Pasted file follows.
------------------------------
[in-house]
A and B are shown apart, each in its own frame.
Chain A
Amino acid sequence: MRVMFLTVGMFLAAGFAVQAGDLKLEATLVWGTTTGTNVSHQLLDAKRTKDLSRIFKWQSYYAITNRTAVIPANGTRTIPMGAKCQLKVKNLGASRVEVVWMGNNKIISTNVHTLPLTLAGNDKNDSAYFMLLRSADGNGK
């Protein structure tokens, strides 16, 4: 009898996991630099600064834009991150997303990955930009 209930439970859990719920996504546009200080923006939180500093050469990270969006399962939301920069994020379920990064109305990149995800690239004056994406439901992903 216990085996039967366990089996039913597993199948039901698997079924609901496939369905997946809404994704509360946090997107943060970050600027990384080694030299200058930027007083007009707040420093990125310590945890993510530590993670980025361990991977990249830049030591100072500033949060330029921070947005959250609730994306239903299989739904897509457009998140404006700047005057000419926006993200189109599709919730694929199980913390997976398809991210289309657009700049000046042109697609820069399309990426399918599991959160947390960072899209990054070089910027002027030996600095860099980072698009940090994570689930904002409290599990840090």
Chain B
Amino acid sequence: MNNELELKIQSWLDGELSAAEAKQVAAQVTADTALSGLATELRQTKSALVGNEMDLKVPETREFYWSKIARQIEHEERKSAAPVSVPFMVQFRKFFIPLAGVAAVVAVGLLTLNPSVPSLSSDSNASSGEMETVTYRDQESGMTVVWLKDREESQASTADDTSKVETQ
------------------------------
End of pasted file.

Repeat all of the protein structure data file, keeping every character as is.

[in-house]
A and B are shown apart, each in its own frame.
Chain A
Amino acid sequence: MRVMFLTVGMFLAAGFAVQAGDLKLEATLVWGTTTGTNVSHQLLDAKRTKDLSRIFKWQSYYAITNRTAVIPANGTRTIPMGAKCQLKVKNLGASRVEVVWMGNNKIISTNVHTLPLTLAGNDKNDSAYFMLLRSADGNGK
């Protein structure tokens, strides 16, 4: 009898996991630099600064834009991150997303990955930009 209930439970859990719920996504546009200080923006939180500093050469990270969006399962939301920069994020379920990064109305990149995800690239004056994406439901992903 216990085996039967366990089996039913597993199948039901698997079924609901496939369905997946809404994704509360946090997107943060970050600027990384080694030299200058930027007083007009707040420093990125310590945890993510530590993670980025361990991977990249830049030591100072500033949060330029921070947005959250609730994306239903299989739904897509457009998140404006700047005057000419926006993200189109599709919730694929199980913390997976398809991210289309657009700049000046042109697609820069399309990426399918599991959160947390960072899209990054070089910027002027030996600095860099980072698009940090994570689930904002409290599990840090």
Chain B
Amino acid sequence: MNNELELKIQSWLDGELSAAEAKQVAAQVTADTALSGLATELRQTKSALVGNEMDLKVPETREFYWSKIARQIEHEERKSAAPVSVPFMVQFRKFFIPLAGVAAVVAVGLLTLNPSVPSLSSDSNASSGEMETVTYRDQESGMTVVWLKDREESQASTADDTSKVETQ